Wednesday, November 19, 2008

The Metro West case for (smart) toll hikes

With local legislators whipped into a frenzy to stop the toll hikes, it might pay to stop and reflect on who would benefit if the tolls went up: Metro West commuters.

A toll hike is going to take drivers off the road. I don't think that's a controversial claim. While some portion of the population is locked into a choice-less commute, some are not. Witness the steadily decreasing Pike usage figures as gas prices rose. Some people had a choice and chose not to drive.

It won't take a huge decrease in peak traffic to improve congestion. That person paying nearly double to get from Newton to downtown is going to find the commute's a whole heckuva lot easier without all those pesky drivers-with-choice around.

And, time is money, especially for small business owners, who will find that it takes less time to get goods and services (perhaps delivered by the small businesswomen herself) downtown.

But, the congestion relief is minimized if there isn't a benefit to traveling off-peak for those who can. If it's going to cost me the same at 7:00 AM as at 10:00, I've lost my incentive to travel off-peak.

There have to be some more well-to-do suburbanite commuters who are salivating at the chance to speed their commute for a few thousand a year. The less well-to-do might not be so unhappy at the prospect of premium-priced, exclusionary commuting, if the premium the fat cats pay subsidizes their off-peak commute.

Matt Yglesias makes a similar point regarding congestion pricing in general. Matt's commenters have a ball debating queue v. price rationing, regressivity, and redistribution.

3 comments:

Doug Cornelius said...

The toll hikes will overwhelm the Route 16 on ramp in West Newton. There was big increase in traffic at that on ramp when they took down the tollbooth. I suspect more people will drive down 16 to avoid the $2 toll at 128.

Lets get the Pike to put that tollbooth back up.

szerlip said...

Reinstating toll at Exit 16 in Newton
November 11, 2008 · No Comments
Just to make sure the western suburbs pay for the Big Dig, Govenor Patrick is proposing the dismantling of Mass Turnpike Authority and placing roads east of 128 in the hands of Massport. In addition to this, all toll west of 128 would be removed with the exception of the toll plaza at Stockbridge which connects I 84 with Connecticut and I 90 with New York State. Well that seems fair doesn’t it? You can drive 50+ miles for free, but if you drive from Newton to Copley (about 5 miles) you will pass 2 toll booths. The biggest benefactors of the Big Dig are the North and South shore and yet they don’t pay any tolls on 93. Massport now runs the airport and seaport so you can see how that experience translates into assuming the role of the Turnpike Authority, which is already 2.2 billion dollars in debt. WHAT ARE THEY THINKING? How does running Logan and the Seaport qualify you to manage the Mass Turnpike? Where is the money coming from? If Patick wants Massport to assume responsibility for the Mass Pike (and keep it as a toll road) than they should also assume responsibility of all Mass highways. A toll booth at Exit 16 will increase pollution, traffic, and have a negative impact on the City of Newton. Tolls do put the burden on the people who use the highways, however, let’s eliminate all manned booths, build “open road tolls” as they already have in other states, and require a transponder. Since transponders clearly eliminate traffic back ups they should be free. Transponders save time, eliminate unnecessary employees, and reduce pollution caused by idling cars. The towns inside 128 should not bear the burden of all the highways in Mass. Why is driving the Mass Pike different than driving 495 or 128? What added benefits are we getting? All vehicle drivers should pay their fair share, Pike drivers also pay a gas and income tax that is used to maintain all of Mass highways, so why the extra fee assessed to them by way of tolls? Why don’t other drivers contribute to the Pike, since Pike drivers contribute to other roads? Let’s have one highway authority that has control of all Mass roads and distribute the burden evenly.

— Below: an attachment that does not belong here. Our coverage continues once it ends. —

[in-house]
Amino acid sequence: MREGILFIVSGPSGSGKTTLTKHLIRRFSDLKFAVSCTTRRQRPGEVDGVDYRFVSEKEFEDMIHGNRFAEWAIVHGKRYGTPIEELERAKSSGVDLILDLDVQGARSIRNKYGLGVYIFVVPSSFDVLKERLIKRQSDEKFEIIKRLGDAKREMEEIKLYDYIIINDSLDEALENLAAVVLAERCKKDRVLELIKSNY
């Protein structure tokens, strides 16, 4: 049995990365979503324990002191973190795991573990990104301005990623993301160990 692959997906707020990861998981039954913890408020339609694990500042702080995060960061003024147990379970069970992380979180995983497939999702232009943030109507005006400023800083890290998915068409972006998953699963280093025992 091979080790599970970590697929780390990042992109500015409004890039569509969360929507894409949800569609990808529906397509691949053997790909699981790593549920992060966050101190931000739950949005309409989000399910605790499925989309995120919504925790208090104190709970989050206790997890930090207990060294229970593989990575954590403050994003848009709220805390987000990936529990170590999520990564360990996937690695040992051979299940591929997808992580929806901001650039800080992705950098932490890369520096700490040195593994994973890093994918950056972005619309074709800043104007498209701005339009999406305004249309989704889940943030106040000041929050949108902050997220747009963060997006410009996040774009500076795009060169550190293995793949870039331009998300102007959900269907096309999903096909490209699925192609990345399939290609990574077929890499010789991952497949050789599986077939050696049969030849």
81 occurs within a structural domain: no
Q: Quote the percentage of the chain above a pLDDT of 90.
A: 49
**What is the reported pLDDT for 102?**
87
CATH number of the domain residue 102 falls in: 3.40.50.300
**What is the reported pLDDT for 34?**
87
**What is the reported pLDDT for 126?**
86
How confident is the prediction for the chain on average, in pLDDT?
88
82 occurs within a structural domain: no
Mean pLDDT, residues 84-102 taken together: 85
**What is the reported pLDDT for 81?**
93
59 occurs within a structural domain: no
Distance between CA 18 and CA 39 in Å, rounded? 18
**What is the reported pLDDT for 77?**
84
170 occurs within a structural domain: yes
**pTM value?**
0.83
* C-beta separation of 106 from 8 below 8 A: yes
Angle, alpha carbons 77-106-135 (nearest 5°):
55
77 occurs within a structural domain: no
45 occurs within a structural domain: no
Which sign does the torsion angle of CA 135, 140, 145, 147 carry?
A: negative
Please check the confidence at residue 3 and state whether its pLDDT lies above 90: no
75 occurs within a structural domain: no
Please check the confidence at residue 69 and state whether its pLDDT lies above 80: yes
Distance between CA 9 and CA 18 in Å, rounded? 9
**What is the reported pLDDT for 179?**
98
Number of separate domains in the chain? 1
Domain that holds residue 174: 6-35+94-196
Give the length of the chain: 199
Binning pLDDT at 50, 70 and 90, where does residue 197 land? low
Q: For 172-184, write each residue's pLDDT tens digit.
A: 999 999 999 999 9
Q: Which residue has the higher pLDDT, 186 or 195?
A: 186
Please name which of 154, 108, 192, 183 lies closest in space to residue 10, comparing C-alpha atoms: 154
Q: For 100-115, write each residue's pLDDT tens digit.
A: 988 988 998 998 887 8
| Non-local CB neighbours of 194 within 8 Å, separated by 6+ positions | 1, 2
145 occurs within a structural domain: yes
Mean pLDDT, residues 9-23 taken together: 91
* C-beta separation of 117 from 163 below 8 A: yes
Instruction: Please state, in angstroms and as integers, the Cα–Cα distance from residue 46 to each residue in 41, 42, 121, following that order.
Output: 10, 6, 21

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Jan Gilpin said...

What can't they incorporate some kind of toll system with the HOV lane and exempt the HOV lane from tolls to encourage car pooling? That would address congestion and also be more fair to us western suburbs.